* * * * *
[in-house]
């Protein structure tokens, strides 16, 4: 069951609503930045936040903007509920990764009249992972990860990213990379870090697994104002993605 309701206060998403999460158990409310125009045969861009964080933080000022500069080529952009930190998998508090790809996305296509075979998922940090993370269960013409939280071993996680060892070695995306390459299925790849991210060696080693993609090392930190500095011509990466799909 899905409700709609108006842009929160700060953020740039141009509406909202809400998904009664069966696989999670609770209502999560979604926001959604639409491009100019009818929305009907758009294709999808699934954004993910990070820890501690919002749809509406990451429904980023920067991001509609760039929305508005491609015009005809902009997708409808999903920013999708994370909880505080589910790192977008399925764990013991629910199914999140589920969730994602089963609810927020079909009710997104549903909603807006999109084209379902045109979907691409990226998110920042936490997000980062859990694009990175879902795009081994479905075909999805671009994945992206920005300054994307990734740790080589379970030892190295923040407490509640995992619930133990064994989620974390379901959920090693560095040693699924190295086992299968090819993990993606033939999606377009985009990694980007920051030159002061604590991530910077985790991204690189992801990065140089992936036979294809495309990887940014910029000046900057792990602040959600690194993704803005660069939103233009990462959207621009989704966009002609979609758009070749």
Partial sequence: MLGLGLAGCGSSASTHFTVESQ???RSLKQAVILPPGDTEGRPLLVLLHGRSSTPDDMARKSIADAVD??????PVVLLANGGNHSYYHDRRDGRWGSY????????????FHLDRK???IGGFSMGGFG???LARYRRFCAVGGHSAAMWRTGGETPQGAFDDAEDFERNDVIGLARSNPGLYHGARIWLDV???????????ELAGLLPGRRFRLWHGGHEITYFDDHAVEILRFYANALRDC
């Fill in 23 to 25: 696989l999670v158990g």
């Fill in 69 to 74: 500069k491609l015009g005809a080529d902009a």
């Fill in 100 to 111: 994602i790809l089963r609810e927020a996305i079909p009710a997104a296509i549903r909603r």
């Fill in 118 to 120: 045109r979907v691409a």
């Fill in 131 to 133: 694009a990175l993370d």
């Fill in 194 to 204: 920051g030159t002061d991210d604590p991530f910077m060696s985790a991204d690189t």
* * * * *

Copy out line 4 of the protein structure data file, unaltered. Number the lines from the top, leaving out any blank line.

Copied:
């Fill in 23 to 25: 696989l999670v158990g």